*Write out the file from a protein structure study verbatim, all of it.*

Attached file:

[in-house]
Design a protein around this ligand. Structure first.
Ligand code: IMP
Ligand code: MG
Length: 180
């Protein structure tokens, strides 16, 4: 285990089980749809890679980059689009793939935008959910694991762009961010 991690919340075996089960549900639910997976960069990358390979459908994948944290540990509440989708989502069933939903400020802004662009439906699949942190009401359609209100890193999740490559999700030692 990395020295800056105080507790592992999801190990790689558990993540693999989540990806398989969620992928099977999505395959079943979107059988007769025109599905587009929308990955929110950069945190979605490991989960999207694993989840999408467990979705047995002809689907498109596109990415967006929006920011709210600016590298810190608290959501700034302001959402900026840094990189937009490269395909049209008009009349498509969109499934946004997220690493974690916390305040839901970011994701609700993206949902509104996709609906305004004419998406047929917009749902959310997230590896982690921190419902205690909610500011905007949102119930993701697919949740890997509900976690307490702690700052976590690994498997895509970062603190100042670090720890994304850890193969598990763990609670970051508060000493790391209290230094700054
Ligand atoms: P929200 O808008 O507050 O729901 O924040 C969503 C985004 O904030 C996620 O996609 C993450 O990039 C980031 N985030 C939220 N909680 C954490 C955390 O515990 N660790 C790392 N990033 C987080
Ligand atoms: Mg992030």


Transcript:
[in-house]
Design a protein around this ligand. Structure first.
Ligand code: IMP
Ligand code: MG
Length: 180
């Protein structure tokens, strides 16, 4: 285990089980749809890679980059689009793939935008959910694991762009961010 991690919340075996089960549900639910997976960069990358390979459908994948944290540990509440989708989502069933939903400020802004662009439906699949942190009401359609209100890193999740490559999700030692 990395020295800056105080507790592992999801190990790689558990993540693999989540990806398989969620992928099977999505395959079943979107059988007769025109599905587009929308990955929110950069945190979605490991989960999207694993989840999408467990979705047995002809689907498109596109990415967006929006920011709210600016590298810190608290959501700034302001959402900026840094990189937009490269395909049209008009009349498509969109499934946004997220690493974690916390305040839901970011994701609700993206949902509104996709609906305004004419998406047929917009749902959310997230590896982690921190419902205690909610500011905007949102119930993701697919949740890997509900976690307490702690700052976590690994498997895509970062603190100042670090720890994304850890193969598990763990609670970051508060000493790391209290230094700054
Ligand atoms: P929200 O808008 O507050 O729901 O924040 C969503 C985004 O904030 C996620 O996609 C993450 O990039 C980031 N985030 C939220 N909680 C954490 C955390 O515990 N660790 C790392 N990033 C987080
Ligand atoms: Mg992030």